Does ‘To Kill A Mockingbird’ Belong On Broadway?

It’s beloved, revered, and it’s sold 40 million copies. And been made into a classic movie that can make grown men cry. Isn’t it time to give Harper Lee’s novel a rest?

Photo Illustration by The Daily Beast

So far, the best performance in the forthcoming Broadway production of To Kill a Mockingbird has to be that of Aaron Sorkin, the playwright.

When the news came out yesterday that Scott Rudin would produce the first Broadway version of Harper Lee’s Pulitzer Prize-winning novel and that Sorkin would write the script, the creator of TV’s West Wing and Newsroom gave an interview to The New York Times, in which he said all the right things with such beguiling deftness that it almost seemed … scripted.

To Kill a Mockingbird is one of the most revered pieces of 20th century American literature,” Sorkin said. “It lives a little bit differently in everybody’s imagination in the way a great novel ought to, and then along I come. I’m not the equal of Harper Lee. No one is.”

Sorkin said that, as an apprentice playwright just out of college, one of the ways he taught himself story structure was by reading and rereading Mockingbird and then studying how scriptwriter Horton Foote adapted the novel into one of the most nearly perfect screenplays of all time.

He also noted that he feels an enormous pressure not to disappoint the novel’s fans, who include his own teenaged daughter, who told him flat out “not to blow it.”

And then he gave himself some wiggle room: “You can’t just wrap the original in Bubble Wrap and move it as gently as you can to the stage,” he said. “It’s blasphemous to say it, but at some point, I have to take over.”

Nice little sprinkle of aw-shucks deprecation, that “blasphemous.”

Sorkin said his version will have new dialogue, a different opening, and some scenes only mentioned in the novel.

The message couldn’t be clearer: I’m respectful, but I’m not here as just a stenographer. It was as nice a job of tightrope walking as I’ve ever seen.

Rudin was busy sending much the same message: loved it all my life, dreamed of doing this for years. But where Sorkin strove to reassure and tease us with what he might do, Rudin was all about the reassurance, especially on one point: The Atticus Finch in the Broadway version will be nothing like the racist Atticus who popped up in Go Set a Watchman, Harper Lee’s Mockingbird prequel published last summer.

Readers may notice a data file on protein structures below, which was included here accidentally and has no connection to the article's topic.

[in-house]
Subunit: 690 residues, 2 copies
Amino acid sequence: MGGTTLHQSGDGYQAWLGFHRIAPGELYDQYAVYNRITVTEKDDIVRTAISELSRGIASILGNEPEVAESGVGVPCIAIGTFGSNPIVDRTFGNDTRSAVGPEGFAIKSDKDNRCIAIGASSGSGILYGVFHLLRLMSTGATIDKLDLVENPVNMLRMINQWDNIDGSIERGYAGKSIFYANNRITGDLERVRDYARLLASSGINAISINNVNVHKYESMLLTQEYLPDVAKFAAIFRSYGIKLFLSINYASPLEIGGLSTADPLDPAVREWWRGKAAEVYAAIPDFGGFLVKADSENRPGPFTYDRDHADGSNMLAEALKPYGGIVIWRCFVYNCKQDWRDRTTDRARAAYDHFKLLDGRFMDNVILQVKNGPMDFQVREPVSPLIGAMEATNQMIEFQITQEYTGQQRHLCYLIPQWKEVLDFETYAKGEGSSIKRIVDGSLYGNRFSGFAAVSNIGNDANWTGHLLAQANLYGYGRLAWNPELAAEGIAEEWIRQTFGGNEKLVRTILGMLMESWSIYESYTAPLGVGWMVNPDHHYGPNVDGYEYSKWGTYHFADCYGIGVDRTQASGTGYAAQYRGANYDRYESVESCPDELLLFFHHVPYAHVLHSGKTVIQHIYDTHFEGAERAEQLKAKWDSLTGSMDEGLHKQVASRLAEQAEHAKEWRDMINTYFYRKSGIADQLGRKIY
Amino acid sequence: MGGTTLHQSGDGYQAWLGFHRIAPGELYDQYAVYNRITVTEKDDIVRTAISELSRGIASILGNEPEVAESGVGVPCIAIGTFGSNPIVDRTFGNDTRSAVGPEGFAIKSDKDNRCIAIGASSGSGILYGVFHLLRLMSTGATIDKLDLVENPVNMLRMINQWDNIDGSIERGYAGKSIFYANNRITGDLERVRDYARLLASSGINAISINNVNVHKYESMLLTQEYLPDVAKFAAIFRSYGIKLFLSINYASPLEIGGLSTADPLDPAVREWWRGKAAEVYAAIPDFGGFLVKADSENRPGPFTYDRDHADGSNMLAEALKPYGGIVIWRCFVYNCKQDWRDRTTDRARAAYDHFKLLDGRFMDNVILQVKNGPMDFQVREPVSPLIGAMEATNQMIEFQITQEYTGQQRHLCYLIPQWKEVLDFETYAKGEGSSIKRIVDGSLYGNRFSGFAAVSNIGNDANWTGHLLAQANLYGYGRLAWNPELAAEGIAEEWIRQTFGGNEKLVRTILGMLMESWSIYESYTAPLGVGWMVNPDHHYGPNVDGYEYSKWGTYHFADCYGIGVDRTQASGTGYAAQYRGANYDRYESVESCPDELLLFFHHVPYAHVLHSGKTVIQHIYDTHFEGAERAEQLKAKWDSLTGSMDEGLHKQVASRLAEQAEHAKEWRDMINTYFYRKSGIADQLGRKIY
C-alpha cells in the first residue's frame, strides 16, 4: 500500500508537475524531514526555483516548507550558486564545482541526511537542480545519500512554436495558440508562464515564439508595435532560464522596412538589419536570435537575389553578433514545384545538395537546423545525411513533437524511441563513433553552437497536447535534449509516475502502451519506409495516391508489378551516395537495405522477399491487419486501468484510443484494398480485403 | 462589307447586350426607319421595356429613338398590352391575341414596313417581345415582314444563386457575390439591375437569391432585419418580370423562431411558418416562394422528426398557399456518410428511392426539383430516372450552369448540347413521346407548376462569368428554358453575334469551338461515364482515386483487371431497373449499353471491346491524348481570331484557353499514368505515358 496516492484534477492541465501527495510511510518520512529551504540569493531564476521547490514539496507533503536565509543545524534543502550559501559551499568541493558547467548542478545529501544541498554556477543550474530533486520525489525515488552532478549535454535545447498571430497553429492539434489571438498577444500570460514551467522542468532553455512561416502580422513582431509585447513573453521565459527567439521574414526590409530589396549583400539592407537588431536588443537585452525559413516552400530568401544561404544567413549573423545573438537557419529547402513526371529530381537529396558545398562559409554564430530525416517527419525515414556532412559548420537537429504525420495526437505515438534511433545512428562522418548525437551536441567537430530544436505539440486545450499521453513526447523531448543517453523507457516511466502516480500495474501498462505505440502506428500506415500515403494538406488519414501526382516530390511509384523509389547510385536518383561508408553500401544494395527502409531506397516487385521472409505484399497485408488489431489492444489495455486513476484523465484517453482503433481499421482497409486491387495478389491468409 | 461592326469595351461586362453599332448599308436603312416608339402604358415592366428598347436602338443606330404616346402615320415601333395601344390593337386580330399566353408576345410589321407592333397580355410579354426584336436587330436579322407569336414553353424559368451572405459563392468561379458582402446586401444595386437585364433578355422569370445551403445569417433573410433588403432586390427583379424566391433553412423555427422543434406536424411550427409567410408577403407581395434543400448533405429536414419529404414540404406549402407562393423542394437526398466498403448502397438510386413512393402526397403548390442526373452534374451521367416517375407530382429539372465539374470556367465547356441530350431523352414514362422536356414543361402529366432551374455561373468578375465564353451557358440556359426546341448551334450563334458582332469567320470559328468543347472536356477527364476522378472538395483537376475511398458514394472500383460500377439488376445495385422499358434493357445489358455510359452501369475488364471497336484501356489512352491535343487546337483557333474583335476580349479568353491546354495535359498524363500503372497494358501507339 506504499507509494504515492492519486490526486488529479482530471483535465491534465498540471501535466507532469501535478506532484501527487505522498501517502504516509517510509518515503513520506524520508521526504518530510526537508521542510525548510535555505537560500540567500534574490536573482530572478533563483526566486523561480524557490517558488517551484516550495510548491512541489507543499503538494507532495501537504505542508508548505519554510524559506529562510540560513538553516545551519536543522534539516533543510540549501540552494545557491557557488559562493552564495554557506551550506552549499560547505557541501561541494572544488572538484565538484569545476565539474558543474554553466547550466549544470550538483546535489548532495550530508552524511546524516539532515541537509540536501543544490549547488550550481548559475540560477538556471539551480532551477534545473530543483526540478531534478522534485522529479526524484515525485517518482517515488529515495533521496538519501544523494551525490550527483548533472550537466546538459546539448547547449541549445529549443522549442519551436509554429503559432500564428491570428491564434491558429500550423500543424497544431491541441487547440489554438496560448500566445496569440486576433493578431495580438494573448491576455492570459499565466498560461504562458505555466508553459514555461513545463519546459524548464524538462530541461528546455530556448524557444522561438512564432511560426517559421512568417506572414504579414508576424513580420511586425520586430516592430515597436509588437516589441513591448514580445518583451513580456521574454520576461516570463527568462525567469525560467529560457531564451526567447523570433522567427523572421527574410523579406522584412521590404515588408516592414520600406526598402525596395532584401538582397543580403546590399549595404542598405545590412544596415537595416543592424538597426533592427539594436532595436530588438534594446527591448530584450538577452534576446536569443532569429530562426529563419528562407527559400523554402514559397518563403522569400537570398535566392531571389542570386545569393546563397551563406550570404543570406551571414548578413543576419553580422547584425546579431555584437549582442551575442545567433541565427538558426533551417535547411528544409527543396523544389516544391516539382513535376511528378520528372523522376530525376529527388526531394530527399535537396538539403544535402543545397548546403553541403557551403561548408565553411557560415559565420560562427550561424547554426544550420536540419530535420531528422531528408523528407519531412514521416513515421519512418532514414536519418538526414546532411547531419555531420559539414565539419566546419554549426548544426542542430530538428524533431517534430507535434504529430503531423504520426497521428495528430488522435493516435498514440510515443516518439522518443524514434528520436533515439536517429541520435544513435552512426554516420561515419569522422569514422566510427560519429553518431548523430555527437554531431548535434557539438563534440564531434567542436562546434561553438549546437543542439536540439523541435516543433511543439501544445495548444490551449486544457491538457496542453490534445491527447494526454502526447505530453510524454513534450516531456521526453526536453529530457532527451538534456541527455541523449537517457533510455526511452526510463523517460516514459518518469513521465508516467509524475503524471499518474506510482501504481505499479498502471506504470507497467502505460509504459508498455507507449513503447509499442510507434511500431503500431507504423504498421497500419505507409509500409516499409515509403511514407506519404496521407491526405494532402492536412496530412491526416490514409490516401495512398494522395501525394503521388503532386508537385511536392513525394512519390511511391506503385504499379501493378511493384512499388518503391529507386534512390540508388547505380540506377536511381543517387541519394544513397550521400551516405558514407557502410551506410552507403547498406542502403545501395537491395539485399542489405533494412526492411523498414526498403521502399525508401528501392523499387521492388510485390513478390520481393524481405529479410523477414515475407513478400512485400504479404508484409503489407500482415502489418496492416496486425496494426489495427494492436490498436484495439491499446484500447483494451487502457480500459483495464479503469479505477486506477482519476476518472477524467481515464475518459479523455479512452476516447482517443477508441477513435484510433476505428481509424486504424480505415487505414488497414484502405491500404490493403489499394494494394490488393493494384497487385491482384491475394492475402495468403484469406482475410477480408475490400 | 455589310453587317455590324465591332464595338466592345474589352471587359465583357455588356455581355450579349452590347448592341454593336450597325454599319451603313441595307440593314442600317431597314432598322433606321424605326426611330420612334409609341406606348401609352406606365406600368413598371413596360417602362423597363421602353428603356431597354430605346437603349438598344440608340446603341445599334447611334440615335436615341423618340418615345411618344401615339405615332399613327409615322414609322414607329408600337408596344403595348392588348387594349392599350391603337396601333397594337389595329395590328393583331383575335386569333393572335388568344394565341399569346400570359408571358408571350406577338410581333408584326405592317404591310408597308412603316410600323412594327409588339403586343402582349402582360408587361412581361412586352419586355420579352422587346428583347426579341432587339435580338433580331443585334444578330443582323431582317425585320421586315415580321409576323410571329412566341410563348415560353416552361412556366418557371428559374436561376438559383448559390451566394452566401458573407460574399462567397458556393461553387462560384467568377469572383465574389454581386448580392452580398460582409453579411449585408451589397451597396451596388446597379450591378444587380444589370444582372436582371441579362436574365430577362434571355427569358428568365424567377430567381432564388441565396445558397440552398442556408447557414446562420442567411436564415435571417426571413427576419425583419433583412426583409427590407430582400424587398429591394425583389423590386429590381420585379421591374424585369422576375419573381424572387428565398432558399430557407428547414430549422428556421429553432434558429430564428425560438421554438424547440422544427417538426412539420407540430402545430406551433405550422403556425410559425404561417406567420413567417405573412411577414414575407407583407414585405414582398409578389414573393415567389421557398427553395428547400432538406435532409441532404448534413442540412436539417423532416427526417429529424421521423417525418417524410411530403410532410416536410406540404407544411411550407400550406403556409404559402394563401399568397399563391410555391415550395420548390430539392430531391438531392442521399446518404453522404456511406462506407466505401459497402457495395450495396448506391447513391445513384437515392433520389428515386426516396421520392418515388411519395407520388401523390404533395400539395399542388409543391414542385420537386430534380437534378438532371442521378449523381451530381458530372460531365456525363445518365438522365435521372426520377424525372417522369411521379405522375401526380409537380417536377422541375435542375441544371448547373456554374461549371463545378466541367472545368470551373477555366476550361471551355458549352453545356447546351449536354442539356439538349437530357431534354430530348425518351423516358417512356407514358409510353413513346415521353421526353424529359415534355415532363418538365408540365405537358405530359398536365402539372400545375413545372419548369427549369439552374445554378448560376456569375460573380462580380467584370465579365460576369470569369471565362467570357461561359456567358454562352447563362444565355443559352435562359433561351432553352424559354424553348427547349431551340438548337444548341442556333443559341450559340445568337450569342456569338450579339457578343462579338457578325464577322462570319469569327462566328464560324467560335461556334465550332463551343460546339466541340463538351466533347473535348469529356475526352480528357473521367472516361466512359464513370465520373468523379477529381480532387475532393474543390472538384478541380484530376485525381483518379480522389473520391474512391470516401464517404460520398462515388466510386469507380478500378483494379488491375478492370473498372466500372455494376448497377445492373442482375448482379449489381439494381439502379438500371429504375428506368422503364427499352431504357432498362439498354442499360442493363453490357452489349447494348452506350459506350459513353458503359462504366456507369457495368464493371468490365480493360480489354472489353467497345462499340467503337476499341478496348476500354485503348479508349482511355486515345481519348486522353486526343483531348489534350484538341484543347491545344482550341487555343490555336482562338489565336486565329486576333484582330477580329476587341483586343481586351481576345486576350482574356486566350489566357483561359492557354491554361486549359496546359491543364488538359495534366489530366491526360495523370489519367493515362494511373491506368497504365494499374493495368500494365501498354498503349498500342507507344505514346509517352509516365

Watchman was so plainly nothing more than an early draft of Mockingbird that you expected readers to rise up and condemn the publisher and the author for foisting a half-baked book on them, but all people seemed concerned about was that Atticus wasn’t the unsullied hero of Mockingbird but rather a believable man of his time and place. People wanted the hero. And that’s what they’ll get in the Broadway play, Rudin promised.

Reading all this, I remembered Alfred Hitchcock saying after he made Rebecca that from then on he would never agree to film a beloved bestseller, because there were too many constraints. Filming became nothing more than an exercise in meeting people’s expectations.

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And that sounds exactly like what’s happening with Mockingbird on Broadway: it’s a sacrosanct property that you might tinker with but careful not to tinker too much. (So no trademark brainy walk-and-talk scenes from Sorkin, most likely.)

In fact, it’s doubly sacrosanct, first as a novel and then a movie. Mess with either one, even if your name is Harper Lee, and the fans get riled.

Rudin, Sorkin, and the director Bartlett Sher are all smart enough to know that. Which suggests to me that the goal here is not art so much as money. Otherwise why involve yourself in a project where, artistically speaking, your hands are tied from the get go? No, Mockingbird is like The Lion King: a known, not to say pre-sold, commodity that’s fit for all ages.

If I sound cynical, it’s because I feel a little protective of the book—the movie, too, for that matter. Like a lot of the customers who bought those 40 million copies of the book, I read mine as a child until it came apart in my hands. And yes, I moved on to more problematical stories as I grew up. But I still feel somewhat protective of that story—it’s idyllic portrait of childhood still moves me somehow, even if I know in my heart that it’s the childhood that everyone wanted, even if no one ever quite had it. And I still tear up a little when Scout spots Boo hiding behind the door at the end of the movie. I know I’m being manipulated, and frankly, my dear, I don’t give a damn.

That said, another part of me wants to say, enough’s enough. This is a very good book and an equally good movie (at least the stuff about childhood—surely anyone over the age of 12 thinks the stuff about race is a mite pat). How often do you get a twofer like that? And so, why press your luck? The third time really isn’t the charm this go round. And if you are going to press your luck, why be so darned reverential about it?

The people associated with the promised musical are all pros. Barring some fluke, they will deliver a success that will probably play for 100 years and make them even richer than they are now. But this doesn’t sound like art. This just sounds, to paraphrase Mel Brooks, like To Kill a Mockingbird: The Search for More Money.

But speaking of Mel Brooks, now there’s an idea worth playing with. Mel Brooks adapts Harper Lee. To Kill a Mockingbird as a musical! Now that’s an idea that has me reaching for my wallet. I can almost see it now: the Tire Swing dance number, the singing juror chorus, a soliloquy from Boo downstage in a baby spot, and the whole cast in on “Maycomb Was a Tired Old Town!” Oh, be still, my heart.